Businesses have also been steadily attracted to the area, among them many fine-dining restaurants, cafes and pubs, and importantly, the St. Paul Farmers' Market in 1982, now regarded as one of the finest in the US. Although not strictly inside the confines of Lowertown, the St. Paul Saints moved here in 2015 when CHS Field was opened adjacent to the farmers' market. The design of the new ballpark was so well received that 'World Architecture Magazine' soon after voted it the best minor league sport stadium in the world.
If Lowertown were viewed as an ellipse, the other elliptical focus would be Mears Park, a landscaped project opened in 1992 in its current design. With its bandstand and man-made rocky stream, the park has received rave reviews and is the annual home to festivals such as Music in Mears, and the Twin Cities Jazz Festival, amongst others. Gardening and landscaping is maintained by the Friends of Mears Park, a volunteer group.
With the USA Today rating Lowertown in its Top 10 up-and-coming neighborhoods in the nation, and the 'Top Hipster' zip code being awarded to 55101, the future of this quaint but vibrant historic nook is looking very rosy.
Lowertown, St. Paul, is an historic district north of the Mississippi River and consists of 16 blocks of warehouse and wholesale buildings constructed between 1870 and 1920. The area is roughly bound by Kellogg Boulevard, Broadway, 7th Street, and Jackson Street.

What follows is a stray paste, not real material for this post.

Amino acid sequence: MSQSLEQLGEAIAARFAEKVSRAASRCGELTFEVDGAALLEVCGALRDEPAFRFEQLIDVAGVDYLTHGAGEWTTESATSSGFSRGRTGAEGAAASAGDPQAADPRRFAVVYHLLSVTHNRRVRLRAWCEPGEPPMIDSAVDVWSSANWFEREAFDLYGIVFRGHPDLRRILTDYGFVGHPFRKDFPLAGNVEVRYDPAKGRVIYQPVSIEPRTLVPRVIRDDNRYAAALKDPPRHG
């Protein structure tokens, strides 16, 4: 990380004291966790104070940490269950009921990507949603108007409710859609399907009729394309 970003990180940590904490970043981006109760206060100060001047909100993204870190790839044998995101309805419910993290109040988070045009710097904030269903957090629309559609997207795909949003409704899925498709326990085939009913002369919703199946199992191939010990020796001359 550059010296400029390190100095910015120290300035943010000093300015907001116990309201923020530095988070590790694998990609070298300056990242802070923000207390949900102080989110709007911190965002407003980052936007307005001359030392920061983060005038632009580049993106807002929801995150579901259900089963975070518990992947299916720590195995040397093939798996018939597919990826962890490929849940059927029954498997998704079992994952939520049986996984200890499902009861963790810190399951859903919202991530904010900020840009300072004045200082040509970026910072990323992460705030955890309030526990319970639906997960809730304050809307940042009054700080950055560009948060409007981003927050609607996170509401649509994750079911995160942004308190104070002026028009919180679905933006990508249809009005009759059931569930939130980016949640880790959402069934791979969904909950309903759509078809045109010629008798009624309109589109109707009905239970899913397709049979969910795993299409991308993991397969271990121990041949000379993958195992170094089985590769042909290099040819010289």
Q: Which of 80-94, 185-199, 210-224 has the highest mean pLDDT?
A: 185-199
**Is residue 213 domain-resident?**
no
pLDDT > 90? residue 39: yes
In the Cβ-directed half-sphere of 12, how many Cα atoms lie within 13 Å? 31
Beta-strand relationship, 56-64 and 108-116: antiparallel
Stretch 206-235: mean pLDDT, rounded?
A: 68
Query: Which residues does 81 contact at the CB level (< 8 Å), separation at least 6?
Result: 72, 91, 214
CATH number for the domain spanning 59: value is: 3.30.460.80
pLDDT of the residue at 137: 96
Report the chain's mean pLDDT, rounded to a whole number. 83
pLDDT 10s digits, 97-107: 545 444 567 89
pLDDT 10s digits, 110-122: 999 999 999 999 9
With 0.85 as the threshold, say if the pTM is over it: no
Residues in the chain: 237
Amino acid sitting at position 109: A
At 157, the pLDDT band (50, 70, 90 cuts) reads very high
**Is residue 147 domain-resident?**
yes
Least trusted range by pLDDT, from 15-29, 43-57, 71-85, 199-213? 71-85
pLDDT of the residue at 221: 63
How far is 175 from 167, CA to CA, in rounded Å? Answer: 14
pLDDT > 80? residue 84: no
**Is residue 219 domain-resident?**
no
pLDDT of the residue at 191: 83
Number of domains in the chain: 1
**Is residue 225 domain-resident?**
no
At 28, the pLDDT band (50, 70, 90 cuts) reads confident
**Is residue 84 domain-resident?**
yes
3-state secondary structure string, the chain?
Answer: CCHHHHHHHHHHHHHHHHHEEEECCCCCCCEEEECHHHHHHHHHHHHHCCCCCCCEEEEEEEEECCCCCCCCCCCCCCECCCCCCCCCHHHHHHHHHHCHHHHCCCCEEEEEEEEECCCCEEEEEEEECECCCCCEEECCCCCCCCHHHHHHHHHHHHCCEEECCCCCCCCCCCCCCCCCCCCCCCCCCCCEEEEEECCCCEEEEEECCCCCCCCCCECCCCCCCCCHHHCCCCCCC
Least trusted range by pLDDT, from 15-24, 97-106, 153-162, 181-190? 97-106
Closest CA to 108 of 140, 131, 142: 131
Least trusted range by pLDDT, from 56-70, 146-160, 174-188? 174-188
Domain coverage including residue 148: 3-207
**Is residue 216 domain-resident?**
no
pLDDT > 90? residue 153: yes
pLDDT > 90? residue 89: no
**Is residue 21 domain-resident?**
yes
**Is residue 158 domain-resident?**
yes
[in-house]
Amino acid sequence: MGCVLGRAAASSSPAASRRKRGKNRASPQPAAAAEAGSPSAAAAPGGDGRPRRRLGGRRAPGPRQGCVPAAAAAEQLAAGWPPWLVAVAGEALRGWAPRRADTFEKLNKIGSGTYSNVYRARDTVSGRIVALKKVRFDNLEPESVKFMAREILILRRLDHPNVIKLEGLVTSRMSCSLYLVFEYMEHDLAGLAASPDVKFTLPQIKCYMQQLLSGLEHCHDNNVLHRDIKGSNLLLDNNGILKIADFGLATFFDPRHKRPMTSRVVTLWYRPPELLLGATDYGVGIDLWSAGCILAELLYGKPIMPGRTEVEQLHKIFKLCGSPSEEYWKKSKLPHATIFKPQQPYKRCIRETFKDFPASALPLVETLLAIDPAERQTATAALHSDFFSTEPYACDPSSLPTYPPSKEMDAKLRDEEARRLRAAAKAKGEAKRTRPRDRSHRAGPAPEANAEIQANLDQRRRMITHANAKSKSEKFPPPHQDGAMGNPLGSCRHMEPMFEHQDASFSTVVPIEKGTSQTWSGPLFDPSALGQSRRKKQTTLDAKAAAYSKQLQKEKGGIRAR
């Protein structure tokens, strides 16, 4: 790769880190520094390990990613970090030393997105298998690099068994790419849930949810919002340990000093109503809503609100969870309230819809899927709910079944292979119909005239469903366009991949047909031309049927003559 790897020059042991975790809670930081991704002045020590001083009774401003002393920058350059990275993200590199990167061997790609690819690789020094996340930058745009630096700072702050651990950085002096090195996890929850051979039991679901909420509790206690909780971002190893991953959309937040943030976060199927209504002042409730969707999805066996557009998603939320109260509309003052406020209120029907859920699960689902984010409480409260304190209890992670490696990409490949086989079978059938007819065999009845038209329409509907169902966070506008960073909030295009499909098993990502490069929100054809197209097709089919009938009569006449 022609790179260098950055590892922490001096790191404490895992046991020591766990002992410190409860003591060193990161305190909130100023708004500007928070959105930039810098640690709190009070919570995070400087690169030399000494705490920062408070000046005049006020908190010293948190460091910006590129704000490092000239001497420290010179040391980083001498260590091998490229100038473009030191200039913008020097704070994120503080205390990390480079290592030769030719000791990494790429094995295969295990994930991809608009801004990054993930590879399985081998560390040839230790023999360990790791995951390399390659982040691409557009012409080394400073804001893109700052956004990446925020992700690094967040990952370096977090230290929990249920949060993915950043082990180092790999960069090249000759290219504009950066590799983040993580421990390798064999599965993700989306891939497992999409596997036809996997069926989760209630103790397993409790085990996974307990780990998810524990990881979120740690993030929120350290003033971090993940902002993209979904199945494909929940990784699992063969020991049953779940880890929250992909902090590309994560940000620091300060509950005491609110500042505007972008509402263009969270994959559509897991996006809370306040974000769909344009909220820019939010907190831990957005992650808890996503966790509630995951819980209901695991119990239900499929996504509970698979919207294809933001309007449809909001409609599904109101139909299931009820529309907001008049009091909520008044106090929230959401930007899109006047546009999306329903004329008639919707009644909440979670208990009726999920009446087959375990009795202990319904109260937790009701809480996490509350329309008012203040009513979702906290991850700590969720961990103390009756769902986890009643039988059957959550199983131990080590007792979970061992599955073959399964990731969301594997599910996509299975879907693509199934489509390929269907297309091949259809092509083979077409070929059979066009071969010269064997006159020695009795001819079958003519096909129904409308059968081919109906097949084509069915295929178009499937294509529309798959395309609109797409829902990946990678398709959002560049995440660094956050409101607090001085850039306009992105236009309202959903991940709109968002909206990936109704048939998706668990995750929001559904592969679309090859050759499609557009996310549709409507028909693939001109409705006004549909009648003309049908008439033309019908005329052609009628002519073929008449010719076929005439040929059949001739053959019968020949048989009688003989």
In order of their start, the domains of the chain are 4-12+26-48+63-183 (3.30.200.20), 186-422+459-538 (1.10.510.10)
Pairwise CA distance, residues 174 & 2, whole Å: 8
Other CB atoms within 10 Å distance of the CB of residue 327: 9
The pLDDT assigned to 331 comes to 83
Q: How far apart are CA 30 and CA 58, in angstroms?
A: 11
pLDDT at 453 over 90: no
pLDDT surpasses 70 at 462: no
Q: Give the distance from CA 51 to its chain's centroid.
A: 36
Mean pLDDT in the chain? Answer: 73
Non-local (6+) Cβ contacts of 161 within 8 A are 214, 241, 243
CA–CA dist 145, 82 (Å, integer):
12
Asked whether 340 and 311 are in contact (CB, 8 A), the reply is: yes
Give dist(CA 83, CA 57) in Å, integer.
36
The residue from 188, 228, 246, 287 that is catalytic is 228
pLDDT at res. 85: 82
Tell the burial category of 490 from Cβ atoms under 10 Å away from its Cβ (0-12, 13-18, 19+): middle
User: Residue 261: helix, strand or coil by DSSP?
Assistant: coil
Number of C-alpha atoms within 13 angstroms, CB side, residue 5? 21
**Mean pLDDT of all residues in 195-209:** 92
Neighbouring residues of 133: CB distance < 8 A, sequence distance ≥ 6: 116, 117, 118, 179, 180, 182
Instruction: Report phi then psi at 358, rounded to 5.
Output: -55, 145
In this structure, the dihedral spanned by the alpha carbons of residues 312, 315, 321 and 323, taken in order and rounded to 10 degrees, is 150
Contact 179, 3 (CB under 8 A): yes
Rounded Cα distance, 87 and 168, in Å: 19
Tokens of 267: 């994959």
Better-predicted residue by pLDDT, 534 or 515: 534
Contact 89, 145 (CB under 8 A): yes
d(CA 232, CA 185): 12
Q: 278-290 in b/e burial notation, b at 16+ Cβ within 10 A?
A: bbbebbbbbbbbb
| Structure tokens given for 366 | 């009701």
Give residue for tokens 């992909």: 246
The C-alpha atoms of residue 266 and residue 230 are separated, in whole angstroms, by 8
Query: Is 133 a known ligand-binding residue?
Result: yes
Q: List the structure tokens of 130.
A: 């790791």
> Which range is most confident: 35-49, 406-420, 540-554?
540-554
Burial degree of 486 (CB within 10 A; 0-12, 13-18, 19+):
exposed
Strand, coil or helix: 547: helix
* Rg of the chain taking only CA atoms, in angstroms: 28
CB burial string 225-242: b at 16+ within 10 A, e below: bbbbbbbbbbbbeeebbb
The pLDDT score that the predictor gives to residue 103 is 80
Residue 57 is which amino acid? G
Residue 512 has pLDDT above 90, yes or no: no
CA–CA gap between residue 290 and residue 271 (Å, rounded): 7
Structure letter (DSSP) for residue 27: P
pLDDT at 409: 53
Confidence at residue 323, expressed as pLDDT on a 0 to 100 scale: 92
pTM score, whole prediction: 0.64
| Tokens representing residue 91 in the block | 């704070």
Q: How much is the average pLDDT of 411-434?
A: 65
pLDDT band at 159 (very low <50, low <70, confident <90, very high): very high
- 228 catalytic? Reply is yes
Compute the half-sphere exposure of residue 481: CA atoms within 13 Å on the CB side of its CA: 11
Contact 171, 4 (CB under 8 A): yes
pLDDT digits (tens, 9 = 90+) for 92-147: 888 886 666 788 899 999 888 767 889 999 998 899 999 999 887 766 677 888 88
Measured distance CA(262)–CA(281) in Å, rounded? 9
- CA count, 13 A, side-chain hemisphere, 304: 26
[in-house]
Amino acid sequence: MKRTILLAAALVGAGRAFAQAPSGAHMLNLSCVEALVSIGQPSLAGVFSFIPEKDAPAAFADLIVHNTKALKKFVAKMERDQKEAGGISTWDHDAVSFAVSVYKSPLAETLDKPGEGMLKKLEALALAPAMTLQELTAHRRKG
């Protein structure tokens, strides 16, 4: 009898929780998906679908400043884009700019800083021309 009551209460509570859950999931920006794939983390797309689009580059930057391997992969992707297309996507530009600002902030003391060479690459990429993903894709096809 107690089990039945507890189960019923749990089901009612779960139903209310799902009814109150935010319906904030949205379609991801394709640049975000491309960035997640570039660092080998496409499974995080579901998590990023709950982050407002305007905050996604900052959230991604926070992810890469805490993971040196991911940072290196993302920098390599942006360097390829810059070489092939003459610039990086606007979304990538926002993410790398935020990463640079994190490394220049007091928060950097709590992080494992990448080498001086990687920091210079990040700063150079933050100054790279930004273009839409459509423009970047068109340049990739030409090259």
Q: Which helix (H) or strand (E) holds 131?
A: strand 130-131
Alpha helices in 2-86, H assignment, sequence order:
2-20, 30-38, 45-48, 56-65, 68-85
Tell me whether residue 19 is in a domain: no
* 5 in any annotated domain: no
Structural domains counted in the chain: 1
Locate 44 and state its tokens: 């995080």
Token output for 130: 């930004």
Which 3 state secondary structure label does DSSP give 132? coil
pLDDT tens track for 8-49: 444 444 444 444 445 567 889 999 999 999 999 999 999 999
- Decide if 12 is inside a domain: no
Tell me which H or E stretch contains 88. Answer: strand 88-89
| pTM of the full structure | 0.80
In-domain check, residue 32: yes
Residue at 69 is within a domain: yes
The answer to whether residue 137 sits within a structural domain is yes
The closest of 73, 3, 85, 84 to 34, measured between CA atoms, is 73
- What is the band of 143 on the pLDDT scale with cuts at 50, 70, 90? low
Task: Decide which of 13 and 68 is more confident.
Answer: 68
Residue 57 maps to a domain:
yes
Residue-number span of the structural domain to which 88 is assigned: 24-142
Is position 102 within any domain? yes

After several decades of neglect following the Depression of the 1920's, Lowertown Redevelopment Corporation (LRC) was formed in 1978 with the task of renewing the vitality of the area and creating an urban village. With the benefit of a $10 million grant from the McKnight Foundation, Lowertown was designated a Heritage Preservation Site in 1983 and, along with the associated tax credits, the LRC set about driving reinvestment by redevelopment rather than demolishing. Because buildings have remained intact, the area has taken on a culturally raw, bohemian feel, attracting working artists of all types, be they painters, musicians, sculptors, artisans, etc.
In order to offer a further example of area revitalization, 2012 saw the completed renovation of Union Depot, an historic railroad station and transit hub, at a cost of $243 million. This was followed soon after, in 2014, by St. Paul being made the new Amtrak service stop between Seattle and Chicago, coupled with the opening of a terminus for the local Metro Green Line offering travel into Minneapolis. The Green Line is unofficially the Baseball Line, with CHS Field at this end, and the Minnesota Twins' Target Field at the other. Union Depot is also home to a bus terminus that sees several intercity bus lines operate - including Greyhound and Jefferson Lines - alongside the Minnesota Valley Transit Authority regional buses. All in all, Lowertown has become a highly significant hub offering many national, regional and local travel options.